sakeneko
August 22, 2009, 09:43 PM
Some of the scientific journals have discussed the problems of guns and elderly. Don't have the reference here but it's starting to be noticed.

I think that this is simply part of the whole issue of handling the increasing disabilities that come along as the various types of dementia progress. In the same category with "When do you take away their guns?" are "When do you take the car keys away?" and "When do you move them out of their home and into a care facility or with you?" :/ There's no easy way for a child to do any of these things to a parent that child loves. There's no easy way for *anybody* to do this, even when it's essential because the elderly person is a danger to himself/herself and/or other people.

I have seen some shooters in competition get confused. At the range, I saw a middle aged son have to wrestle a rifle away from Dad who refused to put in down during a cease fire to put up new targets. Dad stated he knew how to shoot, blah, blah. It wasn't pretty.

The last time I competed in a shooting competition, I was fourteen years old, so I haven't seen this. I have, however, had a friend who had multiple physical and emotional ailments that left her a hazard on the road, and have had friends with parents that insisted on continuing to drive even when they were unable to remember where home was or even recognize their children. As I said, these are all the same issue.

If this is what was going on with the 70-year-old man whose story started this whole thread, I hope that the DA has the sense and decency to be the bad guy and insist (before a judge, if necessary) that absolutely essential safety measures be taken. The local DA did this with my father -- insisted he give up his driver's license in return for not being prosecuted for reckless driving. That took a huge burden off of my brothers, who otherwise would have had to report my father to the local DMV. Given my father's general attitude and condition, I suspect that would have ended what little relationship they had with him.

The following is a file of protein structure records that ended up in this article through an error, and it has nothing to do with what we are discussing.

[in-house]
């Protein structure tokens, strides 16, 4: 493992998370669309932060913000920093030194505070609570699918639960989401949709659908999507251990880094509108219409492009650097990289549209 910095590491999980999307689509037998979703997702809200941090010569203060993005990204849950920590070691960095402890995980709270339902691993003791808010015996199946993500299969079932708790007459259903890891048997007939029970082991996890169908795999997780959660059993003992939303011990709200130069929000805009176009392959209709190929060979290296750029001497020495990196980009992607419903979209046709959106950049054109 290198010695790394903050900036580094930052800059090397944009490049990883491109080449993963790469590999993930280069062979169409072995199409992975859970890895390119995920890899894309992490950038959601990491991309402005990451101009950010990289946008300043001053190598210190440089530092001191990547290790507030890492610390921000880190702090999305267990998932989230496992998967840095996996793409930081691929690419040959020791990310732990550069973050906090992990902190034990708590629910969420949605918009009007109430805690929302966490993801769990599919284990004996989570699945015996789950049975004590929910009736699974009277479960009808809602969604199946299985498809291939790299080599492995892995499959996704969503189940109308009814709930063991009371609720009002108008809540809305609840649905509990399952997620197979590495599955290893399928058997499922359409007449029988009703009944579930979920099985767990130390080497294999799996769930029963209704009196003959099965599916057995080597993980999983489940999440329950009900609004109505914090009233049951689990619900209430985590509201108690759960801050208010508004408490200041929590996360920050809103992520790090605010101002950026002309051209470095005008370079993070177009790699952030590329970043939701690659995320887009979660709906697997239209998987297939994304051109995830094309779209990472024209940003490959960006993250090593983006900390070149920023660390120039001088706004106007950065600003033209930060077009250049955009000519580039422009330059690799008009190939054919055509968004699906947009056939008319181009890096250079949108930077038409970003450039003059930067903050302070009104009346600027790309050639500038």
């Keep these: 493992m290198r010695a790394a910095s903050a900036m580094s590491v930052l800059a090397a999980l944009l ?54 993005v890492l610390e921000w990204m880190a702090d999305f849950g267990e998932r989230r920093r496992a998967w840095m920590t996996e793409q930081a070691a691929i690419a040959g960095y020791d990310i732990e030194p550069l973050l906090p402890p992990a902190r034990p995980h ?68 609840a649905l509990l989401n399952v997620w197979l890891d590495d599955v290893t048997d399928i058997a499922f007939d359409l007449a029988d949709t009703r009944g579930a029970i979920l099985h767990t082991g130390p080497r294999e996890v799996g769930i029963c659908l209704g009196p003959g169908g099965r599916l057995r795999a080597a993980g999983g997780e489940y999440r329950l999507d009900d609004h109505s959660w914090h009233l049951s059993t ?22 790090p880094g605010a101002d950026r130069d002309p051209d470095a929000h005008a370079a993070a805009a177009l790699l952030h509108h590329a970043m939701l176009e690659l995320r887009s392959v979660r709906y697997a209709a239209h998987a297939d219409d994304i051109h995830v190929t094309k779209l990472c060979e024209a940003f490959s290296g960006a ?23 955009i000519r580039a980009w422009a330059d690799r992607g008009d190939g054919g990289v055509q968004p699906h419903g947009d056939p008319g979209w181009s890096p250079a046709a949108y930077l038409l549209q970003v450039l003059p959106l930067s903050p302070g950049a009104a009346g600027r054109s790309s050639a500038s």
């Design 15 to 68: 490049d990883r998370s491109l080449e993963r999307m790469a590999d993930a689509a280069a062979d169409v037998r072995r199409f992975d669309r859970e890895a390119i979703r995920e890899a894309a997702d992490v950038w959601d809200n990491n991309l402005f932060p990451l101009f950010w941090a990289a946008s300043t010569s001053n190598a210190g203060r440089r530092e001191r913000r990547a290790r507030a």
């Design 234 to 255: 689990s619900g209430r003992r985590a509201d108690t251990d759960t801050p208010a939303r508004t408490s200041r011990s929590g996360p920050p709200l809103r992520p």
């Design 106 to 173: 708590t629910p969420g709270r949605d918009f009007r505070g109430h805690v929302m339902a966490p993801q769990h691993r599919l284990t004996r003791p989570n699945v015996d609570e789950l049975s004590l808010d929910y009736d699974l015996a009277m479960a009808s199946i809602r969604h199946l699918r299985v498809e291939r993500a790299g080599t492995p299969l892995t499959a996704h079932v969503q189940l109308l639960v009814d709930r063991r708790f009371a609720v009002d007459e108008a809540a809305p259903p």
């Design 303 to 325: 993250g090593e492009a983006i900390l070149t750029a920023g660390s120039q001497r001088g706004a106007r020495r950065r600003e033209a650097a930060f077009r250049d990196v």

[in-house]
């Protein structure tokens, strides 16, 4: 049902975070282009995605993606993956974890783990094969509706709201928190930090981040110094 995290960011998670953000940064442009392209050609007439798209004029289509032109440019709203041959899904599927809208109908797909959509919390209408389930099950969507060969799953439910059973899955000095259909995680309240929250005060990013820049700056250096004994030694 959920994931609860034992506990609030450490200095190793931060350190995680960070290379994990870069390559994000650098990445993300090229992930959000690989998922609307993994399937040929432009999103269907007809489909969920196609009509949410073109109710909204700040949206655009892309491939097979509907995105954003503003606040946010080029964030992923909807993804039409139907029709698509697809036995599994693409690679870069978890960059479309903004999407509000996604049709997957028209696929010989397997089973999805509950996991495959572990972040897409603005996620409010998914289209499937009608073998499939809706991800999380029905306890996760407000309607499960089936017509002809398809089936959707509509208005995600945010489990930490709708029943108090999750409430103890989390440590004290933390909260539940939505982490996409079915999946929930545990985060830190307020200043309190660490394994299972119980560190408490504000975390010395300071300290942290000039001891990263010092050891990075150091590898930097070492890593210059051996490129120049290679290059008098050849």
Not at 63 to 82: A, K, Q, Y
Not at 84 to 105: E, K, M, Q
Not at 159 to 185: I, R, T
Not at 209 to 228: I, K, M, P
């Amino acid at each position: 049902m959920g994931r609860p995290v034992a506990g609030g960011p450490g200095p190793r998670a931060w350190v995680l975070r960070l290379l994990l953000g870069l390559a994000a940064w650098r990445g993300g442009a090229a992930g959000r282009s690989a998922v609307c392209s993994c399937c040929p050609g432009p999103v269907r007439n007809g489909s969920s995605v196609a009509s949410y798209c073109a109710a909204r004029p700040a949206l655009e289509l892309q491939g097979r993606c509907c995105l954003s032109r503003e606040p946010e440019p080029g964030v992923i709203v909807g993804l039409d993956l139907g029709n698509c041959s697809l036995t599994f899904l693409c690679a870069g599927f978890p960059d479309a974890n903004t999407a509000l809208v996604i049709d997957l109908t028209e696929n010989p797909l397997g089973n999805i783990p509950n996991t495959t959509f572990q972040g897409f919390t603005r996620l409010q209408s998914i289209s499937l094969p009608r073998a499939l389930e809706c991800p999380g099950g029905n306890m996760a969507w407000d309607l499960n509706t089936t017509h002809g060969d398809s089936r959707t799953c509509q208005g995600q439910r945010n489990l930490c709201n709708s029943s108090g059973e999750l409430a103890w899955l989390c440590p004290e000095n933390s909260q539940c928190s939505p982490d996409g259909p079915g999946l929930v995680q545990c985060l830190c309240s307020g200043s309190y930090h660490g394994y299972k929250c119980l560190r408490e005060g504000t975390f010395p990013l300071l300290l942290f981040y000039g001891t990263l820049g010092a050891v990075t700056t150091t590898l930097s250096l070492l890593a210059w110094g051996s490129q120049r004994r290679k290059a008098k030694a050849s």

A friend of mine had his Father-in-law walk over to him one day and said "I am going to kill that woman in the house over three". He was talking about his wife who lived next door with him but had no idea who she was but she had made him mad for some reason. That was the day they decided that something had to be done. He was absolutely serious about killing his wife and even told how he was going to get his gun and do it.

If he hadn't given up gun ownership some years earlier, my brothers would have had to take them from my father as well, or at least tell the judge that he had guns. Fortunately he wasn't married to anybody at the time.

Dwight55
August 23, 2009, 02:08 PM
Stevie-Ray wrote:
"Early symptoms of Alzheimer's, Vascular Dementia, and other types of dementia include loss of judgment and diminishing self-control in emotional situations, such that a seemingly trivial event can set someone off who was not known to be short-tempered.

It cost my dad his 1903 Colt, which my mom gave to me, eager to get it out of the house. Alzheimer's was doing some very strange things to Dad, and she wasn't about to find out how he was around firearms. He finally asked about it when we were alone and I had to do some fancy lying, something that still bothers me after 22 years. "

Steve, . . . if you were my son, . . . I would be looking down from heaven right now and thanking the Lord for a son who loved me enough to do what you did.

I'm almost 65, . . . there is always the possibility that it will come to me before other things do, . . . and I trust my wife and son and daughter in law will do just what you and your mother did do, . . . as to not do it could very well put them in jeapardy.

May God bless,
Dwight

PT111
August 23, 2009, 02:42 PM
Dwight55....Amen.